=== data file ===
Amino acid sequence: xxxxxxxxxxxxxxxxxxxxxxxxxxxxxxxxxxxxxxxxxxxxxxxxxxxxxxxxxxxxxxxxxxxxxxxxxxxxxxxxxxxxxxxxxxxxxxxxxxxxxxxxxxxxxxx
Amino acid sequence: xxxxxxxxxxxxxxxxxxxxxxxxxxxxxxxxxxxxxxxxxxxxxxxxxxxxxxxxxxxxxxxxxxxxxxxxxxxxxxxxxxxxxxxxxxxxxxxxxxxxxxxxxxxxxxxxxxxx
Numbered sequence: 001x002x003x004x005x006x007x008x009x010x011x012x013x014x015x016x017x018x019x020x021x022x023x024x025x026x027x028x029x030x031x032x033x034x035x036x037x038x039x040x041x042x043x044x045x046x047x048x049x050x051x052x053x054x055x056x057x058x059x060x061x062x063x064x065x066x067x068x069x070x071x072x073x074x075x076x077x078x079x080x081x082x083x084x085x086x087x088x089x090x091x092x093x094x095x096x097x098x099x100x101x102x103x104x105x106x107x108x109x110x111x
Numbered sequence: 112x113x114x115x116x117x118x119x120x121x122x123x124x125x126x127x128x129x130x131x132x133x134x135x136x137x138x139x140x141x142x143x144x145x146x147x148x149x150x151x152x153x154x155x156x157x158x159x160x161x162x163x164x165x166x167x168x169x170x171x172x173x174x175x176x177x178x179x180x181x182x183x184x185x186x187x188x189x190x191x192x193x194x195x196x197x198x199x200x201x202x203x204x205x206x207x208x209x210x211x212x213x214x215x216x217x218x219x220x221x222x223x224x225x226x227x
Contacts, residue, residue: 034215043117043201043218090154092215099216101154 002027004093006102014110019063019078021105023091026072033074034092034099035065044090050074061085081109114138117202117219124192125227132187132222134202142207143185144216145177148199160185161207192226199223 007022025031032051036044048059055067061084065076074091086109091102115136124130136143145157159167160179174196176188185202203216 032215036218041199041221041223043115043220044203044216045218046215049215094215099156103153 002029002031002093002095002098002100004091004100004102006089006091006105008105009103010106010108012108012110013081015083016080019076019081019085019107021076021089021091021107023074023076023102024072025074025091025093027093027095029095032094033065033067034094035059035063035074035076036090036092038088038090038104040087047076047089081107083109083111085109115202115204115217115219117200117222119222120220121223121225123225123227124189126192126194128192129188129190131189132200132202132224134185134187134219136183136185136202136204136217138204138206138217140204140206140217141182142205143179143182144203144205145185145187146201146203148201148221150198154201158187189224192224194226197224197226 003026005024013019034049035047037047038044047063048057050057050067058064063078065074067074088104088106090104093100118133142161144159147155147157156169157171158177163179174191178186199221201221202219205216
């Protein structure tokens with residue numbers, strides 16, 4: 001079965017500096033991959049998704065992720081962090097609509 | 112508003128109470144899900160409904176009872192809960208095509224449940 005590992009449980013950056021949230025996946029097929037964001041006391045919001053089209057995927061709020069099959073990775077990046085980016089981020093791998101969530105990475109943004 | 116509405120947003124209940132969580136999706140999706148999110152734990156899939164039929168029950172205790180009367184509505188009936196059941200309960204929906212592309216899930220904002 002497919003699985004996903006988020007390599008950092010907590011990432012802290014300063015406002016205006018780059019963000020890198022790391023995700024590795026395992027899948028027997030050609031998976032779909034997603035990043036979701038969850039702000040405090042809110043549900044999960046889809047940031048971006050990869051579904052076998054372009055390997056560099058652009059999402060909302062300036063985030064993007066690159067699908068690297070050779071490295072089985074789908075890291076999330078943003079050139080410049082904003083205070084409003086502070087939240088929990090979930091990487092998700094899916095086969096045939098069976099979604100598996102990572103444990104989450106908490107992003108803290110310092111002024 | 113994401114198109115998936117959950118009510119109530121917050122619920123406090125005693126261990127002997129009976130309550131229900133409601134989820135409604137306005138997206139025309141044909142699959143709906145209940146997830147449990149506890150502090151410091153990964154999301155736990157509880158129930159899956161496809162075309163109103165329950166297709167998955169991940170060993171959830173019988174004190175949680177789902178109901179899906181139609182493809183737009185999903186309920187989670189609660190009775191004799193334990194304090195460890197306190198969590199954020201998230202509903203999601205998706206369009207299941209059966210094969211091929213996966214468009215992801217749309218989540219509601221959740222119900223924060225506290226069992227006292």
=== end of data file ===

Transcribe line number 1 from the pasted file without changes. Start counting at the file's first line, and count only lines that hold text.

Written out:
Amino acid sequence: xxxxxxxxxxxxxxxxxxxxxxxxxxxxxxxxxxxxxxxxxxxxxxxxxxxxxxxxxxxxxxxxxxxxxxxxxxxxxxxxxxxxxxxxxxxxxxxxxxxxxxxxxxxxxxx